Six Senses Bhutan
Six Senses Krabey Island
Six Senses Fiji
Six Senses Fort Barwara
Six Senses Vana
Six Senses Uluwatu, Bali
Six Senses Kanuhura
Six Senses Laamu
Six Senses Samui
Six Senses Yao Noi
Six Senses Con Dao
Six Senses Ninh Van Bay
Six Senses Shaharut
Six Senses Zighy Bay
Six Senses Southern Dunes, The Red Sea (Late 2023)
Six Senses Zil Pasyon
When food is a passion it becomes a compulsion, to not just taste local produce but explore deeper into the culture behind it. To wander through aromatic street markets or wind through snow-capped mountains to savor an ancient family recipe that has been handed down through the generations.
It might be the road less traveled, but the invitation to Grandma’s Lunch comes from a long-lived mountain community that belongs to the Da Qin minority in China. The path winds through fields of fruit trees and blooming Sichuan peppercorn trees, passing ancient ruins and watchtowers. Grandma is waiting, a smile on her face and a bubbling pot on the stove, the fragrant spices filling the room. This is a unique chance to taste a recipe that follows its own journey back in time, accompanied by seasonal produce that has been picked fresh for the occasion. With each mouthful comes a discovery, about the family's indigenous farming methods and health benefits of each ingredient.
In contrast to ancient traditions, some of the best dishes are improvised. This is where travel takes an unexpected turn, through aromatic stalls at a Mediterranean farmers’ market. The chef who accompanies you knows where each vegetable has been growing just the day before. Each is scrutinized, smelled and sampled and only the finest are chosen for a personal menu at the chef’s table that evening, paired with just the right wine to bring out the flavor – and the realization that this is a chef who doesn’t eat to live, he lives to eat.
From the market to the ocean, with the sun still sleepy and the horizon hazy. The calm waters of the Laamu Atoll lap the traditional wooden dhoni as a local fisherman sets the course for a prime fishing spot to lure a fish. Once caught, the fish is prepared with a little lemongrass and ginger, wrapped in a banana leaf and barbecued for a lunch on a deserted sandbank. No big stories, just simplicity, which is arguably the most difficult outcome of all.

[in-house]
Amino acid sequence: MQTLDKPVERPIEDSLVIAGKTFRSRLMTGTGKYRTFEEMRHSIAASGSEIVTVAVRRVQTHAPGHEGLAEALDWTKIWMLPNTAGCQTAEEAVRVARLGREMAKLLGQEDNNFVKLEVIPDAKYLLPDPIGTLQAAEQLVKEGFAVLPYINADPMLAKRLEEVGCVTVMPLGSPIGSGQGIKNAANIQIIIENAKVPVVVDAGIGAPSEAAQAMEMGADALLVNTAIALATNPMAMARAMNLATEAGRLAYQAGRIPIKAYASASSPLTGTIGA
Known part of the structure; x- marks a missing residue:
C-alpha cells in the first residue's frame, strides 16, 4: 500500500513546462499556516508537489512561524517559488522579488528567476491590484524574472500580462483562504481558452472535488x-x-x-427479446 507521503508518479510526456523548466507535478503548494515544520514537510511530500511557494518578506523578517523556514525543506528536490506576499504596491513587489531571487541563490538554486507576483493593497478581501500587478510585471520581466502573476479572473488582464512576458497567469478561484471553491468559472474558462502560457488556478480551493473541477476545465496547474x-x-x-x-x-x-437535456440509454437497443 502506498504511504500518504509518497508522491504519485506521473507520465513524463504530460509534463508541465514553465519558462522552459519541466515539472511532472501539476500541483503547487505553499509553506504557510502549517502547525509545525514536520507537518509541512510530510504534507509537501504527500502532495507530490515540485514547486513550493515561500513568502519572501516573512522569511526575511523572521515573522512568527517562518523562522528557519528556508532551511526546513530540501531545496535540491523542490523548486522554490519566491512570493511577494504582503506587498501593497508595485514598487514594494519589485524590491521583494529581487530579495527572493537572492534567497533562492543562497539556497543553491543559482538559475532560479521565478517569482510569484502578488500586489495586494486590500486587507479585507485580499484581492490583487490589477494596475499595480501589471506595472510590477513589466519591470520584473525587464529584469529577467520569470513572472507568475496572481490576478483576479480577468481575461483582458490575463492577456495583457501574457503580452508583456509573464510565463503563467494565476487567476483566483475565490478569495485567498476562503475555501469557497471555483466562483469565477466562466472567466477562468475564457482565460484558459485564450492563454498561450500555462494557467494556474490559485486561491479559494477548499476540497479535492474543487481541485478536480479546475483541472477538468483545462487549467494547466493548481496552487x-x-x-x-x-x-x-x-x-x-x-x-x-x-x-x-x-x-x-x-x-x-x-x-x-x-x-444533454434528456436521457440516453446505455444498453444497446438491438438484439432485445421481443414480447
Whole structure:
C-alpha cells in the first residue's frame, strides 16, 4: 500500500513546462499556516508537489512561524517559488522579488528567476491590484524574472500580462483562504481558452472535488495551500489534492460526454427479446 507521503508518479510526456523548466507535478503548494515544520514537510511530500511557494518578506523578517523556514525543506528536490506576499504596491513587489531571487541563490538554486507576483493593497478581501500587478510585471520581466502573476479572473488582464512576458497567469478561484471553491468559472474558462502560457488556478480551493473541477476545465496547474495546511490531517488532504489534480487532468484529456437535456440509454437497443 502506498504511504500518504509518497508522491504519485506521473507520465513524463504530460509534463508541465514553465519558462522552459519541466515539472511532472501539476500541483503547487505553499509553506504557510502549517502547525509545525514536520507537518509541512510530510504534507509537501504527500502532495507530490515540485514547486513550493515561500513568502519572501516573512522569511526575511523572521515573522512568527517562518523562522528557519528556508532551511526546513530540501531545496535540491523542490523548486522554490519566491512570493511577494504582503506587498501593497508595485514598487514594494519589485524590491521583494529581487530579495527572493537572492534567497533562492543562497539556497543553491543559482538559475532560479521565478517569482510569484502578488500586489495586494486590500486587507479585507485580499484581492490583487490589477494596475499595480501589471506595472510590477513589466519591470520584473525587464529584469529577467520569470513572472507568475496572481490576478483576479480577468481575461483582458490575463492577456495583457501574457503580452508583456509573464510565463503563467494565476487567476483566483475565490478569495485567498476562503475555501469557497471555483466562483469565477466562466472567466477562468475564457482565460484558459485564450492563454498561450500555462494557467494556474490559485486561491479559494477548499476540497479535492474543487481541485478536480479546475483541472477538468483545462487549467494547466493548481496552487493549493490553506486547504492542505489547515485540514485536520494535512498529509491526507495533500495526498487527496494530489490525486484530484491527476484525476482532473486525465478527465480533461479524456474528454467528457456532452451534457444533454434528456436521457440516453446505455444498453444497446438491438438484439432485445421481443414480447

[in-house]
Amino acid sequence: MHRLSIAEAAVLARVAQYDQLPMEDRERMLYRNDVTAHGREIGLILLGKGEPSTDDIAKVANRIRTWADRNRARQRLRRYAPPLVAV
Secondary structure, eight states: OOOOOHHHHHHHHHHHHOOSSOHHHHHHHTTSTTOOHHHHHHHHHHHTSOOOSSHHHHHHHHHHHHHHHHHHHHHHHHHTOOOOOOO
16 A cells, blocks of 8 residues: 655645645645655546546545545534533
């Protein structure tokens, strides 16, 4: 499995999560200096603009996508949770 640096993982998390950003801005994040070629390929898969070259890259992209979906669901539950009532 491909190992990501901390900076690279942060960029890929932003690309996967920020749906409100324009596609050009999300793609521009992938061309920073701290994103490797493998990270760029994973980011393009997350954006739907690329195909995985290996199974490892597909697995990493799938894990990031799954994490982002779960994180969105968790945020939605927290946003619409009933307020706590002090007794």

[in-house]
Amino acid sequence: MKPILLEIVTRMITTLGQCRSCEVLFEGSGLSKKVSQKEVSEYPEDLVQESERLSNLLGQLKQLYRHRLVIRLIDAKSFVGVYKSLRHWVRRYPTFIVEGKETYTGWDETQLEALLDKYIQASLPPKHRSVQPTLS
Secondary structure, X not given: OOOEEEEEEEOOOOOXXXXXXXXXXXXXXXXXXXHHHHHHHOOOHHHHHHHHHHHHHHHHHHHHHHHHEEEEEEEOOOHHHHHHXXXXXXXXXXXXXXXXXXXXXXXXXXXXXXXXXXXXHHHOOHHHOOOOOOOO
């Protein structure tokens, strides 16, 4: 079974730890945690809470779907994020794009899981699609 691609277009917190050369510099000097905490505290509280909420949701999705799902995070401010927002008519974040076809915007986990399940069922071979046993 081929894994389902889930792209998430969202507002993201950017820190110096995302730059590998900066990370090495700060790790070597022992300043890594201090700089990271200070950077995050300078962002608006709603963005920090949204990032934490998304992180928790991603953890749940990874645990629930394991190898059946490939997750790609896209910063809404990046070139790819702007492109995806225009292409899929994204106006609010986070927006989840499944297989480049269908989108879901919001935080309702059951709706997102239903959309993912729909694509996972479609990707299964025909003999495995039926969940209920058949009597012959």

For those inspired by local cuisine, there is also the opportunity to learn a few cooking secrets first hand. Going on a journey through the different cooking regions of Douro Valley uncovers the mysteries of how food is prepared and combined, but also how it impacts health, well-being and the community on a local and global scale. Here, sustainable food preservation is done the old-fashioned way, through pickling, salting, dehydrating and smoking.
With food comes romance. For some, that might mean relaxing into oversized beanbags on a private deck at Dining on the Rocks (go for the ultimate Table 100) with champagne and handmade samosas watching the sun dip into the horizon at Six Senses Samui. For others, it might take on a more Arabic form, with mezze and lamb served on a sugary sand beach under giant Bedouin tents. There’s no pressure to even go out. Sometimes the most memorable evening starts with the least drama, a cozy in-villa barbecue with just each other, the twinkling stars and sound of the waves for company. After all what is the purpose of good food if not a chance to pause, reflect, give thanks and celebrate life?
Multi-room suites and villas, and activities that get the whole family back to nature including panda volunteering and turtle hatching.